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Hadassa Investment Security Nigeria, Ltd. v. Swiftships Shipbuilders, LLC

United States District Court, W.D. Louisiana, Lafayette Division

March 18, 2019

HADASSA INVESTMENT SECURITY NIGERIA, LTD.,
v.
SWIFTSHIPS SHIPBUILDERS, LLC ET AL.

          CAROL B. WHITEHURST, MAG. JUDGE

          RULING

          TERRY A. DOUGHTY, UNITED STATES DISTRICT JUDGE

         Pending before the Court is a Motion to Take Judicial Notice of the Spurgeon Case [Doc. No. 98] and a Second Motion for Summary Judgment [Doc. No. 99] filed by Plaintiff Hadassa Investment Security Nigeria, Ltd. (“Hadassa”). Defendant Swiftships, LLC opposes the motions. [Doc. Nos. 103 & 104]. Hadassa filed reply memoranda in support of its motions. [Doc. Nos. 106 & 107]. For the following reasons, Hadassa's Motion to Take Judicial Notice is GRANTED IN PART and DENIED IN PART, but its Second Motion for Summary Judgment is DENIED.

         I. FACTS AND PROCEDURAL HISTORY

         The Court previously recounted the facts in this case in ruling on Hadassa's first Motion for Summary Judgment. [Doc. No. 94]. The Court incorporates those facts by reference.

         II. LAW AND ANALYSIS

         A. Judicial Notice

         Federal Rule of Evidence 201 provides that the Court “may judicially notice a fact that is not subject to reasonable dispute because it . . . is generally known within the trial court's territorial jurisdiction; or . . . can be accurately and readily determined from sources whose accuracy cannot reasonably be questioned.”

         In this case, Hadassa urges the Court to take judicial notice of Spurgeon v. LeLeux, Civil Action No. 6:11-1807 (W.D. La. 2019). Both Hadassa in support of its motion and Defendants in opposition to the motion appear to focus on this Court's ability to take judicial notice of another court's record. However, that is not the issue here. The issue is whether this Court can take judicial notice of facts in a related proceeding conducted by this same Court. In Taylor v. Charter Medical Corp., 162 F.3d 827 (5th Cir. 1998), the Fifth Circuit held, on a matter of first impression that a district court did not err in refusing to take judicial notice of “the factual findings of another court.Id. at 829, 831. In reaching that decision, the Fifth Circuit discussed Kinnett Dairies, Inc. v. J.C. Farrow, 580 F.2d 1260 (5th Cir. 1978). The Taylor court distinguished Kinnett:

In Kinnett, the plaintiff requested that the district court “take judicial notice of the record in [a separate, but related case] and asked the clerk to bring it into the courtroom particularly the discovery depositions. . . .” . . . The district court stated in its opinion that it had taken “judicial notice” of the subject material, but did not clarify of what exactly it had taken notice. On appeal, the defendant objected to the inclusion of the depositions and other evidence in the record. We rejected the defendant's argument, noting that the defendant (1) had not objected to the plaintiff's request for judicial notice in the district court and (2) had been granted the opportunity to submit its own evidence and to question those parties whose depositions were made part of the record. . . .In his brief, Taylor argues that, in so holding in Kinnett, we went beyond simply permitting a district court to take judicial notice of facts found true by another court, actually allowing the district court to take “as true certain evidence in depositions in a completely separate case.”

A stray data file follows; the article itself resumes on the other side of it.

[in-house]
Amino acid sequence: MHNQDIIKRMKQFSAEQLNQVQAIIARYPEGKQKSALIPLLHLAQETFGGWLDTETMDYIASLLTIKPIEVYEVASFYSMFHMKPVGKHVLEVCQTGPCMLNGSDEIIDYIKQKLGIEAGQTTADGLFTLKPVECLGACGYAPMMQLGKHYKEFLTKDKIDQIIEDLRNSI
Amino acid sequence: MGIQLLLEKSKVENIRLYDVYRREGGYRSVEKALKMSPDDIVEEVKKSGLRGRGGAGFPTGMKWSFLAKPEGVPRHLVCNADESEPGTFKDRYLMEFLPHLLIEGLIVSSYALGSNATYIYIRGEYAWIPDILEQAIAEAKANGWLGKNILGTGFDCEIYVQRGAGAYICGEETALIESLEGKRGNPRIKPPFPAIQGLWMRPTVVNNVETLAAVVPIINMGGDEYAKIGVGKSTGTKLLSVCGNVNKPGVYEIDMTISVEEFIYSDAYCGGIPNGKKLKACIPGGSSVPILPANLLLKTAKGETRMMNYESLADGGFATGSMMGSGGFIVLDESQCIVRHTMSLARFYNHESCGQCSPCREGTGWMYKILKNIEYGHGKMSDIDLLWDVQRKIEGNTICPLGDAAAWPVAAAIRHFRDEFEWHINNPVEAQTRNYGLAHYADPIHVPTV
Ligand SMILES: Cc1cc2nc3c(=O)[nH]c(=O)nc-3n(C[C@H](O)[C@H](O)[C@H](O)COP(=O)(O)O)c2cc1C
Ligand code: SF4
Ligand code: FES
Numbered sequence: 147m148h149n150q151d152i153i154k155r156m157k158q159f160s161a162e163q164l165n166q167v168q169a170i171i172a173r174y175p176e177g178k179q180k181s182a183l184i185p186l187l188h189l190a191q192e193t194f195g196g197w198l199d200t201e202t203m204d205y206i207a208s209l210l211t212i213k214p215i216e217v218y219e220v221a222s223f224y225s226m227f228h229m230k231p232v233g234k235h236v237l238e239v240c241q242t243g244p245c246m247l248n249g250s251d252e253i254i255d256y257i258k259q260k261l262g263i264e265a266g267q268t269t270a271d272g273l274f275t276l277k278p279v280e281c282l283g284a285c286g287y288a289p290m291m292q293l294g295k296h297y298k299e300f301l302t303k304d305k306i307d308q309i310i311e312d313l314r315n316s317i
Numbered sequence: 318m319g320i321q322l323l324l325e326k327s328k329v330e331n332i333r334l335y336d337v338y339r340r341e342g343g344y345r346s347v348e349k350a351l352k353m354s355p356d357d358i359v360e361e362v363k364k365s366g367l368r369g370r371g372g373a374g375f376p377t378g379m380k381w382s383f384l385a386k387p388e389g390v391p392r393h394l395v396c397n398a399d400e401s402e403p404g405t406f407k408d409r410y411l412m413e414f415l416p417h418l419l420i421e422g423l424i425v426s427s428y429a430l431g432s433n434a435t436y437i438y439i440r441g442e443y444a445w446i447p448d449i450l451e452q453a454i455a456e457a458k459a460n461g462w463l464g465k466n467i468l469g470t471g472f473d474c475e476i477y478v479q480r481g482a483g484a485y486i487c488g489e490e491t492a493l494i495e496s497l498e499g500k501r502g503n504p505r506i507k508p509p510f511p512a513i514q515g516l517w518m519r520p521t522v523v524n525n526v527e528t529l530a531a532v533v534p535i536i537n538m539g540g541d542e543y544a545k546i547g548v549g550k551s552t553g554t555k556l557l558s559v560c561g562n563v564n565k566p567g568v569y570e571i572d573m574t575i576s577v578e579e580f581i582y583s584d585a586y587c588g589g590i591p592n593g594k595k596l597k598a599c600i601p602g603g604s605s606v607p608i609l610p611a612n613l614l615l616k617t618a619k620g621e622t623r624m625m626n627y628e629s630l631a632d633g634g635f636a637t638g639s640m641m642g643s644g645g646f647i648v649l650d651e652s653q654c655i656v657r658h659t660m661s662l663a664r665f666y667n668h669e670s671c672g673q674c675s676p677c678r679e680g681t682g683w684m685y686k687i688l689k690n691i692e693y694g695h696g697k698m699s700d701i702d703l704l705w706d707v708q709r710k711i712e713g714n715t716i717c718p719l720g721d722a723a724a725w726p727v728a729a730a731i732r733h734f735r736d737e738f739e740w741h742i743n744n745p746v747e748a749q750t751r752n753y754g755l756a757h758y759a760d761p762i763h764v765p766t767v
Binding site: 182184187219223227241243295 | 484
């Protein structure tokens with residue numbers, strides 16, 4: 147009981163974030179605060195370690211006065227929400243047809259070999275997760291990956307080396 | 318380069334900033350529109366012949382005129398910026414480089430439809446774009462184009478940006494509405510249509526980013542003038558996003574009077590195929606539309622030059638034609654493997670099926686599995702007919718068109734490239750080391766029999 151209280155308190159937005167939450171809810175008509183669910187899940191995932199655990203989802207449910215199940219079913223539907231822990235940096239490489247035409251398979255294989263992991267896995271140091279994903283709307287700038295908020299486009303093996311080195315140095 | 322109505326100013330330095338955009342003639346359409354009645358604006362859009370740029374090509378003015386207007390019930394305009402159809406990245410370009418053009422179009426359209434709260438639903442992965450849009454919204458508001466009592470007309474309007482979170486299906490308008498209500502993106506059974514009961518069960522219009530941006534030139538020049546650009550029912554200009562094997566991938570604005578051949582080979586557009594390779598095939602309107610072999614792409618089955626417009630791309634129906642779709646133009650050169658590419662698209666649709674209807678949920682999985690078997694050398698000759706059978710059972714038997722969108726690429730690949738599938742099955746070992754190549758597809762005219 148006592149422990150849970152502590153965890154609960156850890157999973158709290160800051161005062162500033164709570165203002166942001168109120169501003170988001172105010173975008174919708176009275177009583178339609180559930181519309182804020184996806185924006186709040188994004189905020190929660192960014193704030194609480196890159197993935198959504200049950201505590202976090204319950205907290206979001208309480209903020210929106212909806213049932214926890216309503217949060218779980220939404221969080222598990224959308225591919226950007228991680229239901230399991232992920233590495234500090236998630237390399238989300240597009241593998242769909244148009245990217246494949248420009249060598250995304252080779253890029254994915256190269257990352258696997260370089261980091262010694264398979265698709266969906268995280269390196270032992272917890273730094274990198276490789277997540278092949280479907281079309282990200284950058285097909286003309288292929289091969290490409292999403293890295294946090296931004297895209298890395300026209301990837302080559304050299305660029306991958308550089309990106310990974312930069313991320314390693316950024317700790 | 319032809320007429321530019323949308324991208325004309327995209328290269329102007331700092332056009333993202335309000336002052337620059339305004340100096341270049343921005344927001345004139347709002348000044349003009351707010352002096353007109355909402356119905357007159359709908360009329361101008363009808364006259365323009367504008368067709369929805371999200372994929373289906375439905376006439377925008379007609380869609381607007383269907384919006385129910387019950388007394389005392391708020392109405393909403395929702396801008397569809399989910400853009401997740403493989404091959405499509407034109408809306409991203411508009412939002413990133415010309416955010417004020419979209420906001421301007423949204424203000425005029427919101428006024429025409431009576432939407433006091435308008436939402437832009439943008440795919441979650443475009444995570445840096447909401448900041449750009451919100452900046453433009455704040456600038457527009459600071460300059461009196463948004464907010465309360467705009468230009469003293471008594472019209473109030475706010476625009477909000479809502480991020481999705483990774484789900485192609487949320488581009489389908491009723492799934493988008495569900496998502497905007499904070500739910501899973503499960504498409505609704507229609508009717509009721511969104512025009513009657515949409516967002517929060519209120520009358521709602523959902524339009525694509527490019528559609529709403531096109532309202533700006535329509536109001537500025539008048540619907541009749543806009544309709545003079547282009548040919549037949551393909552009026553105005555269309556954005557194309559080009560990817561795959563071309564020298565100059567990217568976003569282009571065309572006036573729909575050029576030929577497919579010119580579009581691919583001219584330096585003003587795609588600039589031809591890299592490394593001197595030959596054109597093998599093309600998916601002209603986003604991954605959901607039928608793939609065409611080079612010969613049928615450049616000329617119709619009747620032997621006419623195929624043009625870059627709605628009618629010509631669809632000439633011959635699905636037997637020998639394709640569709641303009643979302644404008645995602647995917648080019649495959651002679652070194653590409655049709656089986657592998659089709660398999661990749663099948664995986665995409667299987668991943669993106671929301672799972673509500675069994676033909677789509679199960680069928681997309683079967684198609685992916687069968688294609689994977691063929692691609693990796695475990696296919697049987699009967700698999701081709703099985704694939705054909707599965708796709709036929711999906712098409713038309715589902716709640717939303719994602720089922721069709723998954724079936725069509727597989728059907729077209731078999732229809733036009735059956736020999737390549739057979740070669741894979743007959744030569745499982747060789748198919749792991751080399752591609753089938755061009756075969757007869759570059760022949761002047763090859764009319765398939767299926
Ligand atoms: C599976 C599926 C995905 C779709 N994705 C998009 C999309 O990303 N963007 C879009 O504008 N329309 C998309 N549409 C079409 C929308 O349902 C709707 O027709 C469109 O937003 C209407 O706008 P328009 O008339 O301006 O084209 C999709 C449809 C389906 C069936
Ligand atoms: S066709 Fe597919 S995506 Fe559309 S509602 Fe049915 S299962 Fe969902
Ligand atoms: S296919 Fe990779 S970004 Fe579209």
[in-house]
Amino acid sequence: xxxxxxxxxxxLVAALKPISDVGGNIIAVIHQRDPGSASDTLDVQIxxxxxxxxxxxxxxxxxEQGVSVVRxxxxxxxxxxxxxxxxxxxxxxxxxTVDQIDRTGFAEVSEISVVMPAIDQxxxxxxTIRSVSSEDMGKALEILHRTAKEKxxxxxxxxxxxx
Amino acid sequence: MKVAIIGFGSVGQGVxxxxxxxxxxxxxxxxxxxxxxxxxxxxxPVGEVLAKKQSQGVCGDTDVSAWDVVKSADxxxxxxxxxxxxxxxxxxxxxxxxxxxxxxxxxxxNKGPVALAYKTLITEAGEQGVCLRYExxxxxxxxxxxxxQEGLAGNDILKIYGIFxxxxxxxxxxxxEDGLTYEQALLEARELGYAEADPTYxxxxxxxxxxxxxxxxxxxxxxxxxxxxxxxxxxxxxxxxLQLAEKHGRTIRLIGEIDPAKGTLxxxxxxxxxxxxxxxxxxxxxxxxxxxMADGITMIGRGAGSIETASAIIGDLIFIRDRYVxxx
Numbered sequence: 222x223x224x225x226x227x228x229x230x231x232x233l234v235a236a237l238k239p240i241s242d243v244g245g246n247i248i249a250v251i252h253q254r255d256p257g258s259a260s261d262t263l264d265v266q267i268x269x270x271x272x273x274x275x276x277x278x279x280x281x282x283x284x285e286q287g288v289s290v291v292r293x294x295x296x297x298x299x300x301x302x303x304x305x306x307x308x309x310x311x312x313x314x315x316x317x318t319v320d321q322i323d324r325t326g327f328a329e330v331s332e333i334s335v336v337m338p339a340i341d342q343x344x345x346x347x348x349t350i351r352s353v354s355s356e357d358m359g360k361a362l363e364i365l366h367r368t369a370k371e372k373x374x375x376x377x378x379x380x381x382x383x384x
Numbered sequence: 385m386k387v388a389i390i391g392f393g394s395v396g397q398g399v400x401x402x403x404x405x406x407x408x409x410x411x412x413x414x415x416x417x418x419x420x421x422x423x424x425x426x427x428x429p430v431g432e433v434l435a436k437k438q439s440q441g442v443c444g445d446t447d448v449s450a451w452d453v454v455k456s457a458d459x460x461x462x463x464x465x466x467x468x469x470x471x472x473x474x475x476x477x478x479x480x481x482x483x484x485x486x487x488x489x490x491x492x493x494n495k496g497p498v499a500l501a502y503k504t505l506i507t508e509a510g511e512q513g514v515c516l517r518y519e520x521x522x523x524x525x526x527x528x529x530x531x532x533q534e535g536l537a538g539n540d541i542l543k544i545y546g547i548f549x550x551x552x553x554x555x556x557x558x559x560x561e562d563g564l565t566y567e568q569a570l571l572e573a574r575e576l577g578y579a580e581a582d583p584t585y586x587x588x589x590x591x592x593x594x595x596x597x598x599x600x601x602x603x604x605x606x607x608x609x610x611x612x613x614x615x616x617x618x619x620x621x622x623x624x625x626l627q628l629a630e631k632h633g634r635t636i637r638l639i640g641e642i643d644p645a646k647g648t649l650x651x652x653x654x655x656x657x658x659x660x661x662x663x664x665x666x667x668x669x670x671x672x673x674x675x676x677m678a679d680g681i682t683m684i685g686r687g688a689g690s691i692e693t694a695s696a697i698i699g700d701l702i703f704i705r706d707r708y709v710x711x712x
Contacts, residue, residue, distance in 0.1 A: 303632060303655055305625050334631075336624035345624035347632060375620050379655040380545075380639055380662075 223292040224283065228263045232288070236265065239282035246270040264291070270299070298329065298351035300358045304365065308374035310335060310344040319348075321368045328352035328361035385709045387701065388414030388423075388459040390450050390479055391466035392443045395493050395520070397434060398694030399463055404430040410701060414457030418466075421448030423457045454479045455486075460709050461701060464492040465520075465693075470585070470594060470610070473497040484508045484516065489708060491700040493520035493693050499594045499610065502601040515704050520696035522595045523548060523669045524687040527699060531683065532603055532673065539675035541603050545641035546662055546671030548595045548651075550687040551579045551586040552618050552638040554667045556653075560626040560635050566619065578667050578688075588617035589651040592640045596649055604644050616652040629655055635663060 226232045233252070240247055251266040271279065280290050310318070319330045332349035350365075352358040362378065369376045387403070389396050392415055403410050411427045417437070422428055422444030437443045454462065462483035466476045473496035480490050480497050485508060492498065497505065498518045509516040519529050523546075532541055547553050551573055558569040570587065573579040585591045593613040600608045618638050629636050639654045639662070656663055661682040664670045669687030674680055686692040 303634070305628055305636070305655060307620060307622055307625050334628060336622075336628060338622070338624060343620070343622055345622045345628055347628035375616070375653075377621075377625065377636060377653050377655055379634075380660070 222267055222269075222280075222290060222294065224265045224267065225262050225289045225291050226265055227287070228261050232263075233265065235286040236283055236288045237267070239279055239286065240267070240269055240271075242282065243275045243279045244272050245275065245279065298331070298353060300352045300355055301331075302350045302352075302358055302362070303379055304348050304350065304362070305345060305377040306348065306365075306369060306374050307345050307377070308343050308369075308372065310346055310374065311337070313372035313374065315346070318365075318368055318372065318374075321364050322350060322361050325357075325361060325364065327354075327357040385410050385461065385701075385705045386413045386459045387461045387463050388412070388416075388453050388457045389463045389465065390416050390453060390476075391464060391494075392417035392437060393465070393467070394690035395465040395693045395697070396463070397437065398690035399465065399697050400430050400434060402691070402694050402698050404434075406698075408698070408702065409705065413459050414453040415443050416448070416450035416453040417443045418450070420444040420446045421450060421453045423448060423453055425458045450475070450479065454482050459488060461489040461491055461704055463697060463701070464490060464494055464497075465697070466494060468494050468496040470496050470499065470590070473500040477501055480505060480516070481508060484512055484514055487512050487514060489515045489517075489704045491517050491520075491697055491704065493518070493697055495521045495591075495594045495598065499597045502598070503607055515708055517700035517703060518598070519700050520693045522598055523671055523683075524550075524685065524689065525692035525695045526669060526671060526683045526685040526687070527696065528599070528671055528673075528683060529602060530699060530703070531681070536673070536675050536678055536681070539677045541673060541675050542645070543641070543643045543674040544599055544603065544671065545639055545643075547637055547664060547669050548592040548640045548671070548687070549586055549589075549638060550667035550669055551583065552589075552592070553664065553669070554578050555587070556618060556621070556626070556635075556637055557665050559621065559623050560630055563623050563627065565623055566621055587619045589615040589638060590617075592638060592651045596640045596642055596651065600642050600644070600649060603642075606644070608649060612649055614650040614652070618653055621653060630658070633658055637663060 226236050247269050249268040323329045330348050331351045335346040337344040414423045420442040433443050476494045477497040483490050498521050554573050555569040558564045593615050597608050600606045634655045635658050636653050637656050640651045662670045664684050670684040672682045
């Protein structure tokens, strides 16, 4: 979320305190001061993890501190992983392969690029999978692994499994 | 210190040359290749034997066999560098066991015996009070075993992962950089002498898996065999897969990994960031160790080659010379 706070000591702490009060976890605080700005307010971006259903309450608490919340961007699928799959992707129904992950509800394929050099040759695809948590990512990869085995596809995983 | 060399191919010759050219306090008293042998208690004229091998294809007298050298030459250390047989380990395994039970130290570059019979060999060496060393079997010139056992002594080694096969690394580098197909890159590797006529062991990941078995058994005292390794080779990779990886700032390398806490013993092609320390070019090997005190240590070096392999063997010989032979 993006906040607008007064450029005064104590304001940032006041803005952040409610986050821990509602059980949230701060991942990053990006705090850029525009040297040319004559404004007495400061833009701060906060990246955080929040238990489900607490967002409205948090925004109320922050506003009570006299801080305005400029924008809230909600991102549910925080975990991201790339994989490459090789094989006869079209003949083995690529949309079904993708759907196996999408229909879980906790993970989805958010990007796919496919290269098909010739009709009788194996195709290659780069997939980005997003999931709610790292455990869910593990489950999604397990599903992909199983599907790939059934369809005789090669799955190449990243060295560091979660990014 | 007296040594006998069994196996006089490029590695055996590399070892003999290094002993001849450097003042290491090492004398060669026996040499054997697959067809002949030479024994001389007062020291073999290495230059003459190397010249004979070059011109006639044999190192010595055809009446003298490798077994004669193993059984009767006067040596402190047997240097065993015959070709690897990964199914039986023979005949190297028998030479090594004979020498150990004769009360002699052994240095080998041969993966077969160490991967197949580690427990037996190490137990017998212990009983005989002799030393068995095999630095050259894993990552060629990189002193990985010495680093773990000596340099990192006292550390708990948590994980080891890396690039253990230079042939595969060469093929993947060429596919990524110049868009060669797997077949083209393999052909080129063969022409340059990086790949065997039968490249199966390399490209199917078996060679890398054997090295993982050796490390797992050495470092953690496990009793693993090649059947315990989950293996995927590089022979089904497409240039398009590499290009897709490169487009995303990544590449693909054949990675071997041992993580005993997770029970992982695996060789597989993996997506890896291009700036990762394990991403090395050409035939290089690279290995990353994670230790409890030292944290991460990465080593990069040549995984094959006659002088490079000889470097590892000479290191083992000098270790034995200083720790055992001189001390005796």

Taylor misreads Kinnett. In fact, the issue in Kinnett was not even properly categorized as one of judicial notice, despite the court's use of that term. A fact that has been judicially noticed is not subject to dispute by the opposing party- indeed, that is the very purpose of judicial notice. . . .The district court in Kinnett, however, did not accept the deposition testimony and evidence presented to it as true, but rather granted the defendant the opportunity to present counter-evidence and examine witnesses on the issues covered by the alleged judicially-noticed deposition testimony. . . The court did not, as Taylor asserts in his brief, take “as true certain evidence in depositions in a completely separate case.” It simply admitted into evidence deposition testimony taken in another case. Kinnett, therefore, in no way conflicts with our holding today that the district court did not err in refusing to take judicial notice of the Milonas courts' state actor determination.

Taylor, 162 F.3d at 831-32. Therefore, the Fifth Circuit was clear that there was a distinction between what the Kinnett did by allowing the admission of depositions and testimony from a related case and a request for judicial notice of another court's factual findings in another case.

         In Kinnett itself, the Fifth Circuit explained that:

Here counsel had requested the court to take judicial notice of material in its own files and asked the clerk to bring the record of prior proceedings into the courtroom. As Judge Weinstein has noted, “Courts are particularly apt to take notice of material in court files.” ...

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